By: Rachel Tasker, THON Chair
If you are anything like me, you always strive to make the most of summer break. After months of stressful nights and long assignments, three months in the sun seems nothing but necessary.
However, if you’re anything like me, you also know that now is the time to be making strides in your career. Especially in PR, having internships and experience prior to graduation is a must. That one thing on your resume that no one else has could land you a job.
So, long story short, I write this from the desk of my current internship.
While I have indeed missed out on pool days and summer adventures with my friends, I have already learned so much in the few short weeks I have been with this company.
I currently serve as a PR and Marketing intern for Rossbacher Insurance, a local agency in my hometown. My responsibilities are anything from re-writing content and layout for the company website, creating profile videos of staff, implementing a cold-call marketing plan, writing press releases for local news sources and many other odds and ends.
I am becoming a “jack-of-all-trades,” and I couldn’t be happier. After all, what is a PR professional without the ability to juggle 146 projects at once?
But an internship is only what you make of it. Here are a few tips to making the best of your summer internship
Ask for what you want. – Although I don’t think I have any interest in the insurance field, I asked upon my hire that I also gain some entry-level experience with insurance sales and policy. You never know where life will take you, and diverse knowledge on a multitude of industries could be crucial.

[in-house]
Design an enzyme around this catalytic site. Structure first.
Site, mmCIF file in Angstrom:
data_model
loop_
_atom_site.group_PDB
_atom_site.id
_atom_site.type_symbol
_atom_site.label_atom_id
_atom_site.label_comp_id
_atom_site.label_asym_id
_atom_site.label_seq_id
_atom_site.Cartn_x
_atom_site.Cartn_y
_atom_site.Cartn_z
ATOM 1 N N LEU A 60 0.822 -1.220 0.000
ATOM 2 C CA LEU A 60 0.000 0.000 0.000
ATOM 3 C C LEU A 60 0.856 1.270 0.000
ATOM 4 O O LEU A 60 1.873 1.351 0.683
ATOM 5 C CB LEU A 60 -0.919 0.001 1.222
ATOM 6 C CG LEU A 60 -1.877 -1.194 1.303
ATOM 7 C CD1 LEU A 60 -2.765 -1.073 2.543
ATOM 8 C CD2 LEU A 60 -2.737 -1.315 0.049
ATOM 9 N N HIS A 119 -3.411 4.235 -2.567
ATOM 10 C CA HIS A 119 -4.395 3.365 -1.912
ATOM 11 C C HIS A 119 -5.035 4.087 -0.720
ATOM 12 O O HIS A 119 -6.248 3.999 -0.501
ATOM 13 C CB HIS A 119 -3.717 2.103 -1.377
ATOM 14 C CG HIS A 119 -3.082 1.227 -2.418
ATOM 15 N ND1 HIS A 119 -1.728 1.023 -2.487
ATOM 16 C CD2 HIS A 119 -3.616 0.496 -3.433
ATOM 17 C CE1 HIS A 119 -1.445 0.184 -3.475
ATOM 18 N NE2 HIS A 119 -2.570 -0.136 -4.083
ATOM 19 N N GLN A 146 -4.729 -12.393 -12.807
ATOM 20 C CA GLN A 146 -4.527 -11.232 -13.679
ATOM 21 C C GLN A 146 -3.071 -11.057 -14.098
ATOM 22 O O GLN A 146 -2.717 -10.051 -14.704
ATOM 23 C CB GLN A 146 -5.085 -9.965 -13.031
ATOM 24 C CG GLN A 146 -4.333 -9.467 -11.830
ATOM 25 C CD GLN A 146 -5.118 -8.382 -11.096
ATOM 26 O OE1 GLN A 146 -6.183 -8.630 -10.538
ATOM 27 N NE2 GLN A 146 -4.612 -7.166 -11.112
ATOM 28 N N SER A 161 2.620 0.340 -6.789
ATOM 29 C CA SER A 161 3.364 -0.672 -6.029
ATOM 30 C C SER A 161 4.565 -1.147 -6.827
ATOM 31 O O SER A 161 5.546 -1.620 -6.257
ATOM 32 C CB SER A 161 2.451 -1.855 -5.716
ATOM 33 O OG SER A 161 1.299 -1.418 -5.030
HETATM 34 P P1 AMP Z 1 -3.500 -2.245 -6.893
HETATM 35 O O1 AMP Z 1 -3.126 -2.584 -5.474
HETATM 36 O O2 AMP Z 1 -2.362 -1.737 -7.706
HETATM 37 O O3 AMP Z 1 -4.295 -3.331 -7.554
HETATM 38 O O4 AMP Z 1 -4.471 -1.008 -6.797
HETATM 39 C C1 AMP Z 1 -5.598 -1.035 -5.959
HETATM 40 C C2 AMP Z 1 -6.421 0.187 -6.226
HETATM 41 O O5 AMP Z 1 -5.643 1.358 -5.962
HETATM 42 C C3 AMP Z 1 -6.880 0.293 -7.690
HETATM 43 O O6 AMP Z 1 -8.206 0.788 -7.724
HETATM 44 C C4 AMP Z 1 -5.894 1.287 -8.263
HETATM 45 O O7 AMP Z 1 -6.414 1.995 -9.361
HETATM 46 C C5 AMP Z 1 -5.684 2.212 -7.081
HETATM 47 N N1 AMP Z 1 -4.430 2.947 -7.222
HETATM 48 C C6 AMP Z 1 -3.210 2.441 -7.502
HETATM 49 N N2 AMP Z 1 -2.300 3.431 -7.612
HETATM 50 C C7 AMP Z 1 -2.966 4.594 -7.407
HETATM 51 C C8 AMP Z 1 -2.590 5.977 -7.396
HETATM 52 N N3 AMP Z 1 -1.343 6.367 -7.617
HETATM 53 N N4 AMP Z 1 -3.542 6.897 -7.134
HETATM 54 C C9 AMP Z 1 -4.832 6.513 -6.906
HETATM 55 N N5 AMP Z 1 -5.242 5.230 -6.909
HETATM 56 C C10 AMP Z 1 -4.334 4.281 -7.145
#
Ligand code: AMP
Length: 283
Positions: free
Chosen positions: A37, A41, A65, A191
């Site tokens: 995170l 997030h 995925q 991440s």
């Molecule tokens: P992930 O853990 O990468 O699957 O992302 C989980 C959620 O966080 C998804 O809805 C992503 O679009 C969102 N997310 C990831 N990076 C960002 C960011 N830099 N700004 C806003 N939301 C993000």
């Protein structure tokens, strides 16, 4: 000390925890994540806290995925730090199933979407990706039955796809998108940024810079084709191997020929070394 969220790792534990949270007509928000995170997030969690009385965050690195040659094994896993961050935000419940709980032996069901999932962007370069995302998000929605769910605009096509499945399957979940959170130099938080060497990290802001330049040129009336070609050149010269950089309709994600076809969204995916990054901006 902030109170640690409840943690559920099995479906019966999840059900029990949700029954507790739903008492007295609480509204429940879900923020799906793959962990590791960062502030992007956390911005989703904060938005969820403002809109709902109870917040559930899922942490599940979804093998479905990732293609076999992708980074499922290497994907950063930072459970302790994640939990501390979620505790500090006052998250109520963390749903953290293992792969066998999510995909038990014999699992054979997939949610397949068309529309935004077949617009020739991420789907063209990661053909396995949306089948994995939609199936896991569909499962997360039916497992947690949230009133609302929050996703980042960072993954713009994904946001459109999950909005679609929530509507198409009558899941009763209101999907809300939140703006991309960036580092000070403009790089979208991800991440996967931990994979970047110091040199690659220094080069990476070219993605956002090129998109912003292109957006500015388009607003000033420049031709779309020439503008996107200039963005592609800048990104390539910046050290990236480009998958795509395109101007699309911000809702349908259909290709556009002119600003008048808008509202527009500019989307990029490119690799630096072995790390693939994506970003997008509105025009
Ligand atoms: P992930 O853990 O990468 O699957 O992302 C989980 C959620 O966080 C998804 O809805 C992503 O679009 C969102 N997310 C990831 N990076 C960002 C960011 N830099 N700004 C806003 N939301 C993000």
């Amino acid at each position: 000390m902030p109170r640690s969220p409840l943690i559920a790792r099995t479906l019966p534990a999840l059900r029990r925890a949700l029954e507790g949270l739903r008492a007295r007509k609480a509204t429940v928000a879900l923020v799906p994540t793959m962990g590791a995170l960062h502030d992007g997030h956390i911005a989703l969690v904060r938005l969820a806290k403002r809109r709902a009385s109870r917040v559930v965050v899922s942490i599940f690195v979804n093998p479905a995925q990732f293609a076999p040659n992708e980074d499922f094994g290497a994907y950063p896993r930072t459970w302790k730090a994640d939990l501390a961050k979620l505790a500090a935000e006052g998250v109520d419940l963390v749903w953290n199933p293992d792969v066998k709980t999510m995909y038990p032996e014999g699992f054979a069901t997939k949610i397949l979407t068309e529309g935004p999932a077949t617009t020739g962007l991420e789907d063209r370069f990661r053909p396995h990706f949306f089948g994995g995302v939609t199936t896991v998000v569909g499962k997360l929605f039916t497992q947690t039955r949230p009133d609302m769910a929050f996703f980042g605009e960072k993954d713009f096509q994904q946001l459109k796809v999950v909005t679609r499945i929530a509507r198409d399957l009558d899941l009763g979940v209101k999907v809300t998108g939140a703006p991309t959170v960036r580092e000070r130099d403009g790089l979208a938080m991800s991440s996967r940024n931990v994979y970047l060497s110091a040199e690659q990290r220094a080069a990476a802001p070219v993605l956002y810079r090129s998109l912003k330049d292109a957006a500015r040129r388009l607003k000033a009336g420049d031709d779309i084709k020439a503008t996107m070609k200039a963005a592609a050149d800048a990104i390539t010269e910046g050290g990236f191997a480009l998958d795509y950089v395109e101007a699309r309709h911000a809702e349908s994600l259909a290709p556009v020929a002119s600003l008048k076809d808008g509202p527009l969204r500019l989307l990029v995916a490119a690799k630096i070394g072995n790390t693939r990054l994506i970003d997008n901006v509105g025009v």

Work hard. – Although this should be a given, I have heard horror stories of internships gone awry. Remember that this is not the “just for fun,” minimum-wage job you had when you were 16, but rather setting an example for your future career. If you slack off here, you are showing those around you what kind of employee you will make someday – a lazy one!
Be outgoing. – Don’t be afraid to voice your opinion. Even if you aren’t a pro in the industry, don’t be afraid to share your ideas, or ask for help when you need it. Make them remember you. Don’t just be “the intern.”
Show your personality. – I am not advocating that you boss or co-workers should be your best friend, but they can be friendly! Show your personality and try to make the office a better place just by your presence. If people feel better when you’re around, they’ll want to keep you, which may mean a full-time position.
Don’t be afraid to mess up. – I learned this at a seminar this past school year. A professional PR agent at Ketchum said, “I am happy that I didn’t land my dream job right away, because I had a chance to make my worst mistakes elsewhere.” You should always try to do your best work, but understand that you are still learning, and you will make some mistakes. It’s expected. Own them, learn from them, and prevent them from happening when your paycheck could depend on it.
Whether you have a remote internship that allows you to stay in bed all day working (lucky!) or are spending your summer in an office, these tips will help you make the most of it.